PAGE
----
"...Theodosios, towards the end of the fourth century (379-395), issued strict laws against secret cults, and these must have affected the fortunes of the Sanctuary (ed. Eleusis). Evidently even the administrative arrangements of the cult were interfered with, since the last high priest of Eleusis, the last Hierophant, was not from the family of the Eumolpids as prescribed by tradition, nor was he even an Athenian or an Eleusinian, but a citizen of Thespiai, a follower and priest of Mithras. A great part of the Sanctuary was perhaps destroyed by the hordes of Alaric, when in the year 395 they invaded and devastated Attika. By the end of the fifth century of our era, however, the Sanctuary seems to have been completely destroyed the the Early Christians, who built their church near the ruined temple of the Mysteries and buried their dead in the sacred area. Crosses, scratched especially upon the marble pavement of the Greater Propylaea, mark this transformation of the "temenos of the word" into a wasteland and serve as the funeral symbols of a glorious cult which served humanity for almost two thousand years..." (Eleusis and the Eleusinian Mysteries by George E. Mylonas, 1961; found in the 1969 Princeton University Press edition on pp. 8-9)
 Excerpt from Thomas Taylor's introduction to The Theology of Plato by Proclus: "I rejoice in the opportunity which is afforded me of presenting the truly philosophic reader, in the present work, with a treasure of Grecian theology; of a theology, which was first mystically and symbolically promulgated by Orpheus, afterwards disseminated enigmatically through images by Pythagoras, and in the last place scientifically unfolded by Plato and his genuine disciples." (The Theology of Plato: Proclus, from the introduction by Thomas Taylor, 1816; found here in the 1999 Prometheus Trust edition, Vol. VIII of The Thomas Taylor Series, on p. 1)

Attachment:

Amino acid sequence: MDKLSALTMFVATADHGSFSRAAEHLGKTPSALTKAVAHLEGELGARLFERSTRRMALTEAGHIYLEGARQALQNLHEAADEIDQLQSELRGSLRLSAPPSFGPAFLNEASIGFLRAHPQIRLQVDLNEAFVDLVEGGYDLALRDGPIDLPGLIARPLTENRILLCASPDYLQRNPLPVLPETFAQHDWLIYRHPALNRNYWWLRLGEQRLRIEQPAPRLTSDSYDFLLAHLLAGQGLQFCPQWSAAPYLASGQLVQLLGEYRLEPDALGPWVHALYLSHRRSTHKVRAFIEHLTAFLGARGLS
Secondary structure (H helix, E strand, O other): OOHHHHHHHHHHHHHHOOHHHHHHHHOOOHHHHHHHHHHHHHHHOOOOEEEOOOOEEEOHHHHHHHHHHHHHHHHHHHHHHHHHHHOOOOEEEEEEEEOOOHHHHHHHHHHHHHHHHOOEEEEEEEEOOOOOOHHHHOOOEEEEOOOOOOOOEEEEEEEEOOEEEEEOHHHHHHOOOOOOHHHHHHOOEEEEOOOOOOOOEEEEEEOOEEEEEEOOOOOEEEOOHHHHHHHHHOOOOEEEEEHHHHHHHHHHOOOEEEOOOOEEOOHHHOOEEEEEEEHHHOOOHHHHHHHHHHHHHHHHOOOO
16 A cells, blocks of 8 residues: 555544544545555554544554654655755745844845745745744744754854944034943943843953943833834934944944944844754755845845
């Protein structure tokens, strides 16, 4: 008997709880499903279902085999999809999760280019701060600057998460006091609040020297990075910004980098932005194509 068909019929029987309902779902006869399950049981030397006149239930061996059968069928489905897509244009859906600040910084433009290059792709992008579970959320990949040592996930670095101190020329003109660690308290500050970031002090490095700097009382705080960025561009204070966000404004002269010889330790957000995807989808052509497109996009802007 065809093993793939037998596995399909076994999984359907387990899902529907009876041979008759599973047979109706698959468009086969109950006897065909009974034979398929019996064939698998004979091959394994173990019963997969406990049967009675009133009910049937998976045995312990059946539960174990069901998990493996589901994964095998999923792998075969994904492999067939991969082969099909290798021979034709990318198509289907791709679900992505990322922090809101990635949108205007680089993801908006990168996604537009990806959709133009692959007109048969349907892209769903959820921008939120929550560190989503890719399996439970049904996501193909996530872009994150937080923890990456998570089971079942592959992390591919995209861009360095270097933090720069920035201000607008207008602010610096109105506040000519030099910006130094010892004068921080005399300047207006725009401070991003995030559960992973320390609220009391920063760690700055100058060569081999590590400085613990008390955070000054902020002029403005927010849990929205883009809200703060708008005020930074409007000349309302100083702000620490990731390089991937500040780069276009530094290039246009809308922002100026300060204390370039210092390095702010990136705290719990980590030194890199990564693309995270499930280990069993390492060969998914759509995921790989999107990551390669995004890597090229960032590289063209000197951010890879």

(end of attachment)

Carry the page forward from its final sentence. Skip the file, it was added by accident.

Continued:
Proklos states: "For all the Grecian theology is the progeny of the mystic tradition of Orpheus; Pythagoras first of all learning from Aglaophemus the orgies of the Gods, but Plato in the second place receiving an all-perfect science of the divinities from the Pythagoric and Orphic writings." (The Theology of Plato: Proclus, Book I, Chapter 5, Ibid. Taylor, p. 64)
two Kosmogonic substances. The twelve stars represent the Natural Laws, the dominions of the Olympian Gods. In front of these symbols is the seven-stringed kithara, the . It (here) represents the bond between Gods and mortals and is representative that we are the children of Orphefs (Orpheus).
PLEASE NOTE: Throughout the pages of this website, you will find fascinating stories about our Gods. These narratives are known as mythology, the traditional stories of the Gods and Heroes. While these tales are great mystical vehicles containing transcendent truth, they are symbolic and should not be taken literally. A literal reading will frequently yield an erroneous result. The meaning of the myths is concealed in code. To understand them requires a key. For instance, when a God kills someone, this usually means a transformation of the soul to a higher level. Similarly, sexual union with a God is a transformation.